Most of you are familiar — or at least should be — with the greatest cancelled-too-soon series of all time, Freaks and Geeks, but Judd Apatow’s other sitcom, Undeclared, often gets short shrift. It’s kind of like Freaks and Geeks reduced to a half-hour comedy and set in college. Undeclared was much loved and little watched, and features great early glimpses into the careers of Jason Segel, Jay Baruchel, and Charlie Hunnam before his Sons of Anarchy facial hair. Carla Gallo played the female lead, and you can still find her playing small supporting roles in every other Seth Rogen or Judd Apatow production (most notably, Neighbors), although the post-Apatow career of the other female lead, Monica Keena, hasn’t been as kind.
Don’t Trust the B in Apt. 23 (9 hours, 32 minutes)
The hilarious, cancelled-too-soon series featuring James Van Der Beek as himself, and Krysten Ritter and Dreama Walker trading places throughout the series as the character you most want to gawk at for 22 minutes. We can’t say enough great things about Don’t Trust the B— and the best news is, the episodes that weren’t aired on ABC after the show was cancelled are available on Netflix now, so much of season two will be new to you, even if you’d been otherwise following the series before it was cancelled by ABC. This is pure sitcom candy, and you ought to be able to binge through it in a few days.
Scrotal Recall (2 hours, 24 minutes)
When How I Met Your Mother ended its run, the networks all rushed to find the next great rom-com sitcom, and as is often the case when the networks attempt to clone another series, they all failed. Scrotal Recall is the series that may finally fill that void. It’s a British sitcom from relative newcomer Tom Edge, and it’s about a guy who is diagnosed with chlamydia and must contact all his former lovers to inform them of the disease. If you’re not into rom-coms, however, don’t let the romantic elements dissuade you. It’s also a very raunchy, hilarious tour through a lot of sexual misadventures and escapades more befitting the title of Scrotal Recall. It’s a funny, sweet, and surprisingly great series, given the title. It’s also only six episodes (and the shortest series on this list), so it’s an easy one to bang out.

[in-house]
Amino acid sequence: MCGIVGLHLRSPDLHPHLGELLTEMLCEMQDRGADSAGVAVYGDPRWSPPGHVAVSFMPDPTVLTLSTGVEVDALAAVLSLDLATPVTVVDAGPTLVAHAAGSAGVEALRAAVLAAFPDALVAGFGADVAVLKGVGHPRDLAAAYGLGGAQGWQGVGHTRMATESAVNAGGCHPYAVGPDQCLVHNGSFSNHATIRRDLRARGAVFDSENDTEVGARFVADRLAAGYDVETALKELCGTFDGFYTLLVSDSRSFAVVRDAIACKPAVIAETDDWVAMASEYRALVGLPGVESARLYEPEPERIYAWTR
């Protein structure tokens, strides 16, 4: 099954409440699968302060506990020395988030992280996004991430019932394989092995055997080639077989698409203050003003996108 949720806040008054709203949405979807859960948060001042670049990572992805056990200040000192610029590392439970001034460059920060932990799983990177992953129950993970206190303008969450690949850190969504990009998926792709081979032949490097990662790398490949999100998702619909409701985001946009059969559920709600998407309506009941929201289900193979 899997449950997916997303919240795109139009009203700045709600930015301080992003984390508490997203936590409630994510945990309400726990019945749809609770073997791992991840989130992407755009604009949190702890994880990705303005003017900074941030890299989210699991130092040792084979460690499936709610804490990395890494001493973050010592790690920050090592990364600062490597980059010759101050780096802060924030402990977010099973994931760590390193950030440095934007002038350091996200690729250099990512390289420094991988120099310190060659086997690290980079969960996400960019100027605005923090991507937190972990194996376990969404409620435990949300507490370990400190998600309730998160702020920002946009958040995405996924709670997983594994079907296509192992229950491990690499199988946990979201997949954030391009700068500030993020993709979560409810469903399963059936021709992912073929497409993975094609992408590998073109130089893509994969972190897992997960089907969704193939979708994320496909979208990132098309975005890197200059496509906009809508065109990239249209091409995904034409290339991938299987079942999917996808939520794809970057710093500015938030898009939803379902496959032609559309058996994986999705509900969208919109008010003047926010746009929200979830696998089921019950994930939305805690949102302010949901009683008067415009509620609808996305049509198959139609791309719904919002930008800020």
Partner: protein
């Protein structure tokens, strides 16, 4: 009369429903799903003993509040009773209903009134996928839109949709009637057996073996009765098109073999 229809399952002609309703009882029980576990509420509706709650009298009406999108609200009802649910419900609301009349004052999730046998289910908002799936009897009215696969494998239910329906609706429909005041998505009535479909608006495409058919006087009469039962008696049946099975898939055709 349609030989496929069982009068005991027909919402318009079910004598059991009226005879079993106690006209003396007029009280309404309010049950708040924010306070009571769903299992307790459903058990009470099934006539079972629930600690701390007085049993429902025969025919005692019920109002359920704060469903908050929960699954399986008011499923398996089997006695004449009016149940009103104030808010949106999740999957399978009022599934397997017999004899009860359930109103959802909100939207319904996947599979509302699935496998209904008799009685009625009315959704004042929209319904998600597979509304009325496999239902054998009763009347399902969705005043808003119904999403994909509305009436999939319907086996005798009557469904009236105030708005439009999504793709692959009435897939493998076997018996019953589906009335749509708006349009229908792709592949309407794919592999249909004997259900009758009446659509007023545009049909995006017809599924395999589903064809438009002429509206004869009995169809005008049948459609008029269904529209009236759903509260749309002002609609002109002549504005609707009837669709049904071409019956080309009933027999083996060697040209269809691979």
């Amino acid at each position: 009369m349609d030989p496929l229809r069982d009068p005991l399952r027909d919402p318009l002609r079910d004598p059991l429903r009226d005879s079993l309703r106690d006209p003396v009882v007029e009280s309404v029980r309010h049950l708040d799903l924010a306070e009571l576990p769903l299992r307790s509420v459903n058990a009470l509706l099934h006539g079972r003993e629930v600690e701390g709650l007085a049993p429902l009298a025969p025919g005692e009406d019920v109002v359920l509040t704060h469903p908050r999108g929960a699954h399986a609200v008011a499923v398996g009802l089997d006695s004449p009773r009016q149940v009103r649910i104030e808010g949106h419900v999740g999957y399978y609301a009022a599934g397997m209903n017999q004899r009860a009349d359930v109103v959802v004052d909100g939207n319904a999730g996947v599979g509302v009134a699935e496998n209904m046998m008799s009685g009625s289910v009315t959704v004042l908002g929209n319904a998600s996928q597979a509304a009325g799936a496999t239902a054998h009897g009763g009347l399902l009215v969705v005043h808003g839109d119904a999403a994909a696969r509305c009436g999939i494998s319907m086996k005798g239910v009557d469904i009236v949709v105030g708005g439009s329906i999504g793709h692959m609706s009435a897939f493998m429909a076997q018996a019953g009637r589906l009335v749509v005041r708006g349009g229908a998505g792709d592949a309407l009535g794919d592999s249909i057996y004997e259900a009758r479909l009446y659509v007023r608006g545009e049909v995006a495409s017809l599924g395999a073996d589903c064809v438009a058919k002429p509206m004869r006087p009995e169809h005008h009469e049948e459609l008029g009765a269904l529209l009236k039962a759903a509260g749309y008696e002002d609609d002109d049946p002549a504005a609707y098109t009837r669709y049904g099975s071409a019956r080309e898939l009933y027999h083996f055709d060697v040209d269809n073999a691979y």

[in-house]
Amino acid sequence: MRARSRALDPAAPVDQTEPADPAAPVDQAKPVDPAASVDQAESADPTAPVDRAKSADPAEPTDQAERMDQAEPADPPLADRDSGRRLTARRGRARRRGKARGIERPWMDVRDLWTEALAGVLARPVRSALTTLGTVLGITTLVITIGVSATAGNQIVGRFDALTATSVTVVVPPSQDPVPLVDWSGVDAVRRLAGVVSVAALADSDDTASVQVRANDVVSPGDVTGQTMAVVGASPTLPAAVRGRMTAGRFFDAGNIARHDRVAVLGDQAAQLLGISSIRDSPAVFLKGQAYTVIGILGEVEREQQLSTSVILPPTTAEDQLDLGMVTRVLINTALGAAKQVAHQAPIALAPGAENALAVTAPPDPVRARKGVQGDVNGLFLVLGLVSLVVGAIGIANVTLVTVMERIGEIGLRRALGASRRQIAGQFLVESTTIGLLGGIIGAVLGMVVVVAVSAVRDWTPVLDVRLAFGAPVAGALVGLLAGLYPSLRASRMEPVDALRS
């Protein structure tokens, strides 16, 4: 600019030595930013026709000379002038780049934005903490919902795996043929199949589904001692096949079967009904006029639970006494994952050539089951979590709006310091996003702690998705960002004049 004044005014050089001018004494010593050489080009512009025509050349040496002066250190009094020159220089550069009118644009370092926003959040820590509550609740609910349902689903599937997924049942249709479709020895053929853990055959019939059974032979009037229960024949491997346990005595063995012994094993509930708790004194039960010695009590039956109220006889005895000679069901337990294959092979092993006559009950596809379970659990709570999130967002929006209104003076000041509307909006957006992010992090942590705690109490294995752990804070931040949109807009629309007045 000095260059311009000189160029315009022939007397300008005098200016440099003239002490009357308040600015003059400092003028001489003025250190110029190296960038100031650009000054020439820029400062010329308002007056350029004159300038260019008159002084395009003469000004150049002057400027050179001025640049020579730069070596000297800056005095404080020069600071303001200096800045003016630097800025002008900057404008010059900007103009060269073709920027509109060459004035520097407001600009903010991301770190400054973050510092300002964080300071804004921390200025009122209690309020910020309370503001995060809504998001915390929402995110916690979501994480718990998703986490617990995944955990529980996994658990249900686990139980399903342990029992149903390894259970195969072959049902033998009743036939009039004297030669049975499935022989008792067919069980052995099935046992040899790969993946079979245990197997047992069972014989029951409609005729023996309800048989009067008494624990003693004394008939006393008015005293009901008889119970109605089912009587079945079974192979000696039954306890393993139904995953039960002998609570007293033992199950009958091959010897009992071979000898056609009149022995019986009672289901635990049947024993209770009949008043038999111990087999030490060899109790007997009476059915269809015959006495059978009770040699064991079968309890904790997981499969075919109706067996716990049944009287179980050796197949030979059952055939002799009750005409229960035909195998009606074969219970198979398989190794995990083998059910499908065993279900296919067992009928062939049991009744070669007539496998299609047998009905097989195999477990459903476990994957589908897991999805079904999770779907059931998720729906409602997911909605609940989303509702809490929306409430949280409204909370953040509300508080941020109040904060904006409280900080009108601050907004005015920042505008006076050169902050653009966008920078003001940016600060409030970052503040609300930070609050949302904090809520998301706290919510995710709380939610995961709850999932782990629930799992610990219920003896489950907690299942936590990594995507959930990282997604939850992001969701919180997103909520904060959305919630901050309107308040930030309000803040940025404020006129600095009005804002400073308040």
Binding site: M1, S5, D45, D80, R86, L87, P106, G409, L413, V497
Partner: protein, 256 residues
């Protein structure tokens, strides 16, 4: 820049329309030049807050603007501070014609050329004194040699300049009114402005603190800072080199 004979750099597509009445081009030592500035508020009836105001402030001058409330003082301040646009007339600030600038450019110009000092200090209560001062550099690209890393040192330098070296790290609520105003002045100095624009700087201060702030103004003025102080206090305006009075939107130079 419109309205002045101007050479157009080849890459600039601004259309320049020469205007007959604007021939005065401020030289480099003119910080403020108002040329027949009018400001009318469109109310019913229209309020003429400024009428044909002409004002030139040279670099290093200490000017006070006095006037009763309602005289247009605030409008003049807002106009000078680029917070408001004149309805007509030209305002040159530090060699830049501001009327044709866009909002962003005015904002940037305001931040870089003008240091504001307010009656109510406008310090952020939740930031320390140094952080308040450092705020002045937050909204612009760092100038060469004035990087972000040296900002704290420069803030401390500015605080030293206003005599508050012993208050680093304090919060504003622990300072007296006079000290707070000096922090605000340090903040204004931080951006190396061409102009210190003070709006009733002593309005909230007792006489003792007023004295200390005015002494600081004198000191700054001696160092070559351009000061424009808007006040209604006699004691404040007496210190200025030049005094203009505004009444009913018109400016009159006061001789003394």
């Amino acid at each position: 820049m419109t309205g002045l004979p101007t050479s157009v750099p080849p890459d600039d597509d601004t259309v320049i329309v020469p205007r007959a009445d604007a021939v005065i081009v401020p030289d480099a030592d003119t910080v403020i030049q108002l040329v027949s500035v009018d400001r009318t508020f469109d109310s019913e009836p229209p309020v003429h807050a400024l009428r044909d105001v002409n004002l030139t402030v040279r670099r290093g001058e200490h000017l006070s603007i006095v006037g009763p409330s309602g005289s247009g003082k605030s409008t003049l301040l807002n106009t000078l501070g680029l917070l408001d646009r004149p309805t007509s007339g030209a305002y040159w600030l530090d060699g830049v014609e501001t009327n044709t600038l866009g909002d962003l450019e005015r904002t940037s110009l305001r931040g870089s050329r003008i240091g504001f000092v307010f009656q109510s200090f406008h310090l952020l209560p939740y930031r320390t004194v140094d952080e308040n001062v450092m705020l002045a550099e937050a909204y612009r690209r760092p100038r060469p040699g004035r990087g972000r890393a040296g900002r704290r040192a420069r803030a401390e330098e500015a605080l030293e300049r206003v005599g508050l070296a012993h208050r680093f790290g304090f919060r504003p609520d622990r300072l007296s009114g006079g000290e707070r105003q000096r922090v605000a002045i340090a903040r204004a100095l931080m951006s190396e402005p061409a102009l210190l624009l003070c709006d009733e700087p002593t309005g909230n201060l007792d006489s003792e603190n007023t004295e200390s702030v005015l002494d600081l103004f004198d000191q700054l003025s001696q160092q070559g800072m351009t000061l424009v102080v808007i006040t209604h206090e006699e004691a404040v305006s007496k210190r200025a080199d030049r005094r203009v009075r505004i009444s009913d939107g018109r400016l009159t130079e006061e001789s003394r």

The Office (UK) (6 hours)
The original UK The Office mainstreamed Ricky Gervais’ awkward, uncomfortable humor and created a kind of Larry David show set in the workplace. Honestly, there’s still no better British sitcom than The Office, for the way it mixes relatable workplace humor and the occasionally sweet moment, not to mention the fact that it introduced us all to Martin Freeman. If you haven’t seen the original The Office yet, it’s practically required viewing for any so-called TV junkie.
Black Mirror (6 hours)
Black Mirror is maybe the most clever and forward-thinking series on television, and it’s also incredibly good. Each episode is stand-alone, but they each revolve around the very real threat that technology and the future pose. Remember how The Truman Show or Idiocracy ultimately kind of portrayed our realities? That’s Black Mirror. The questions posed will probably be realities within five or 10 years. The series is often very funny, but it’s incredibly dark humor, and some of the plot turns are, uh, very twisted. They’re like Twilight Zone episodes set in the near future, where our iPhones, artificial intelligence, YouTube, and reality television are the biggest threats to our society.